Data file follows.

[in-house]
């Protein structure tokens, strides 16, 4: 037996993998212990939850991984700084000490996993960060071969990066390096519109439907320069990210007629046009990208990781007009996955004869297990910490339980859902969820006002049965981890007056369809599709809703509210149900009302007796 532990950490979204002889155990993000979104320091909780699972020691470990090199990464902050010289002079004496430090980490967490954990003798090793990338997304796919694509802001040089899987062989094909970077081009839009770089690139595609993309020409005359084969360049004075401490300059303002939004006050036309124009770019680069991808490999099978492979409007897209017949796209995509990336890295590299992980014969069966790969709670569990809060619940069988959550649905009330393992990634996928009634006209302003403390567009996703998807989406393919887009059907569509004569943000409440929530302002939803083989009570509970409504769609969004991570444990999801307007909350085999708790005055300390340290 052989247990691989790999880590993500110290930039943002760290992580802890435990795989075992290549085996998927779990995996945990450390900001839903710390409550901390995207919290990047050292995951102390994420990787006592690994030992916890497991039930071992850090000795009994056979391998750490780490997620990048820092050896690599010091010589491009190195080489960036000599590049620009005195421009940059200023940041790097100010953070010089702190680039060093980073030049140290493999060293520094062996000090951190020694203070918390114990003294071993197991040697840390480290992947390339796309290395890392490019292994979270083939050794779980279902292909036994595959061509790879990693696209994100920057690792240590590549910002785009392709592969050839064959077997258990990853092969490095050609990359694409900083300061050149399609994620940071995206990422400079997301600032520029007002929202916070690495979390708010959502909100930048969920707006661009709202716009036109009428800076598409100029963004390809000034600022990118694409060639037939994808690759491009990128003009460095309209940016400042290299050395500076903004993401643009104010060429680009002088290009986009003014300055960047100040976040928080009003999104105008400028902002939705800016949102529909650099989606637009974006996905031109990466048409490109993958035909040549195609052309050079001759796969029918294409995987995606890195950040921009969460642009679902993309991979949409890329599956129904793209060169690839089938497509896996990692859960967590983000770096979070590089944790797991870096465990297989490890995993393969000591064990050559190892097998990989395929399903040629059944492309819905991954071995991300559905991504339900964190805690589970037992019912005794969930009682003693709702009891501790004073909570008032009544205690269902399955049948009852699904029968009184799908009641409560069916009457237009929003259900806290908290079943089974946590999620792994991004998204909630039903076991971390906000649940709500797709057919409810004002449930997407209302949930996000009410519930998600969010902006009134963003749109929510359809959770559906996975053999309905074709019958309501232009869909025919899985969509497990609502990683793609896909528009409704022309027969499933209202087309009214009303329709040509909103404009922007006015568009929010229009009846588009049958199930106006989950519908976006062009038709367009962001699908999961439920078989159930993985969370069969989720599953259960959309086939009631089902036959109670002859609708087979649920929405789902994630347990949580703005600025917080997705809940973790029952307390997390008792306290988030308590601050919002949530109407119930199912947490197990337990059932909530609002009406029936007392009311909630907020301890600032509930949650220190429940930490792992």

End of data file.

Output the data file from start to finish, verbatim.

[in-house]
């Protein structure tokens, strides 16, 4: 037996993998212990939850991984700084000490996993960060071969990066390096519109439907320069990210007629046009990208990781007009996955004869297990910490339980859902969820006002049965981890007056369809599709809703509210149900009302007796 532990950490979204002889155990993000979104320091909780699972020691470990090199990464902050010289002079004496430090980490967490954990003798090793990338997304796919694509802001040089899987062989094909970077081009839009770089690139595609993309020409005359084969360049004075401490300059303002939004006050036309124009770019680069991808490999099978492979409007897209017949796209995509990336890295590299992980014969069966790969709670569990809060619940069988959550649905009330393992990634996928009634006209302003403390567009996703998807989406393919887009059907569509004569943000409440929530302002939803083989009570509970409504769609969004991570444990999801307007909350085999708790005055300390340290 052989247990691989790999880590993500110290930039943002760290992580802890435990795989075992290549085996998927779990995996945990450390900001839903710390409550901390995207919290990047050292995951102390994420990787006592690994030992916890497991039930071992850090000795009994056979391998750490780490997620990048820092050896690599010091010589491009190195080489960036000599590049620009005195421009940059200023940041790097100010953070010089702190680039060093980073030049140290493999060293520094062996000090951190020694203070918390114990003294071993197991040697840390480290992947390339796309290395890392490019292994979270083939050794779980279902292909036994595959061509790879990693696209994100920057690792240590590549910002785009392709592969050839064959077997258990990853092969490095050609990359694409900083300061050149399609994620940071995206990422400079997301600032520029007002929202916070690495979390708010959502909100930048969920707006661009709202716009036109009428800076598409100029963004390809000034600022990118694409060639037939994808690759491009990128003009460095309209940016400042290299050395500076903004993401643009104010060429680009002088290009986009003014300055960047100040976040928080009003999104105008400028902002939705800016949102529909650099989606637009974006996905031109990466048409490109993958035909040549195609052309050079001759796969029918294409995987995606890195950040921009969460642009679902993309991979949409890329599956129904793209060169690839089938497509896996990692859960967590983000770096979070590089944790797991870096465990297989490890995993393969000591064990050559190892097998990989395929399903040629059944492309819905991954071995991300559905991504339900964190805690589970037992019912005794969930009682003693709702009891501790004073909570008032009544205690269902399955049948009852699904029968009184799908009641409560069916009457237009929003259900806290908290079943089974946590999620792994991004998204909630039903076991971390906000649940709500797709057919409810004002449930997407209302949930996000009410519930998600969010902006009134963003749109929510359809959770559906996975053999309905074709019958309501232009869909025919899985969509497990609502990683793609896909528009409704022309027969499933209202087309009214009303329709040509909103404009922007006015568009929010229009009846588009049958199930106006989950519908976006062009038709367009962001699908999961439920078989159930993985969370069969989720599953259960959309086939009631089902036959109670002859609708087979649920929405789902994630347990949580703005600025917080997705809940973790029952307390997390008792306290988030308590601050919002949530109407119930199912947490197990337990059932909530609002009406029936007392009311909630907020301890600032509930949650220190429940930490792992």